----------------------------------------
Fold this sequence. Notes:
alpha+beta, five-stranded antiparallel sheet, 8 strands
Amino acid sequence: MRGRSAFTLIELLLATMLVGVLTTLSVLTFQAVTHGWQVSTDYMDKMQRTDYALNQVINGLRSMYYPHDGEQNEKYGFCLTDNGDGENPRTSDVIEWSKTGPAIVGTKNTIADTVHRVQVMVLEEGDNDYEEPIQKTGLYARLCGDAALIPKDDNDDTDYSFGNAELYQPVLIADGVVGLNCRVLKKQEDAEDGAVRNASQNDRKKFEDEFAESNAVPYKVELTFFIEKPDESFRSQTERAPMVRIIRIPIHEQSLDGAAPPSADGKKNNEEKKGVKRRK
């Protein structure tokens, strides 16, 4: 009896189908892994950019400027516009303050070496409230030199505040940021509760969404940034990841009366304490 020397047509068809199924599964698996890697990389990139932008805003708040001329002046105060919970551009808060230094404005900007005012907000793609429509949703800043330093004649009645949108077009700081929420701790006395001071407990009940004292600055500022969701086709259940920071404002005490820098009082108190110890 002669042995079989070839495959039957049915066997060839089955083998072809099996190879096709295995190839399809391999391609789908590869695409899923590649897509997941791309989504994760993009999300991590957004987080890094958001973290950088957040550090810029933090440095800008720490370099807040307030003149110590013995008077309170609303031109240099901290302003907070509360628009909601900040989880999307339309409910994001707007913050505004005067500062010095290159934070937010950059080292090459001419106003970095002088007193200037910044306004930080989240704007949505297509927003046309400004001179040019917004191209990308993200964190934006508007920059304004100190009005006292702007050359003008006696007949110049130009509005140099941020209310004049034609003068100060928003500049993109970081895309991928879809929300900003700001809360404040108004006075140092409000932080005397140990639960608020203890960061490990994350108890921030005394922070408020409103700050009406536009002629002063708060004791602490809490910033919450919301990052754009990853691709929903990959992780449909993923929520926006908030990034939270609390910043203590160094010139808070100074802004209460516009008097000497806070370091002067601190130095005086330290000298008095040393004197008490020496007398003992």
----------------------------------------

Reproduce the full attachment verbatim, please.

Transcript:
Fold this sequence. Notes:
alpha+beta, five-stranded antiparallel sheet, 8 strands
Amino acid sequence: MRGRSAFTLIELLLATMLVGVLTTLSVLTFQAVTHGWQVSTDYMDKMQRTDYALNQVINGLRSMYYPHDGEQNEKYGFCLTDNGDGENPRTSDVIEWSKTGPAIVGTKNTIADTVHRVQVMVLEEGDNDYEEPIQKTGLYARLCGDAALIPKDDNDDTDYSFGNAELYQPVLIADGVVGLNCRVLKKQEDAEDGAVRNASQNDRKKFEDEFAESNAVPYKVELTFFIEKPDESFRSQTERAPMVRIIRIPIHEQSLDGAAPPSADGKKNNEEKKGVKRRK
């Protein structure tokens, strides 16, 4: 009896189908892994950019400027516009303050070496409230030199505040940021509760969404940034990841009366304490 020397047509068809199924599964698996890697990389990139932008805003708040001329002046105060919970551009808060230094404005900007005012907000793609429509949703800043330093004649009645949108077009700081929420701790006395001071407990009940004292600055500022969701086709259940920071404002005490820098009082108190110890 002669042995079989070839495959039957049915066997060839089955083998072809099996190879096709295995190839399809391999391609789908590869695409899923590649897509997941791309989504994760993009999300991590957004987080890094958001973290950088957040550090810029933090440095800008720490370099807040307030003149110590013995008077309170609303031109240099901290302003907070509360628009909601900040989880999307339309409910994001707007913050505004005067500062010095290159934070937010950059080292090459001419106003970095002088007193200037910044306004930080989240704007949505297509927003046309400004001179040019917004191209990308993200964190934006508007920059304004100190009005006292702007050359003008006696007949110049130009509005140099941020209310004049034609003068100060928003500049993109970081895309991928879809929300900003700001809360404040108004006075140092409000932080005397140990639960608020203890960061490990994350108890921030005394922070408020409103700050009406536009002629002063708060004791602490809490910033919450919301990052754009990853691709929903990959992780449909993923929520926006908030990034939270609390910043203590160094010139808070100074802004209460516009008097000497806070370091002067601190130095005086330290000298008095040393004197008490020496007398003992």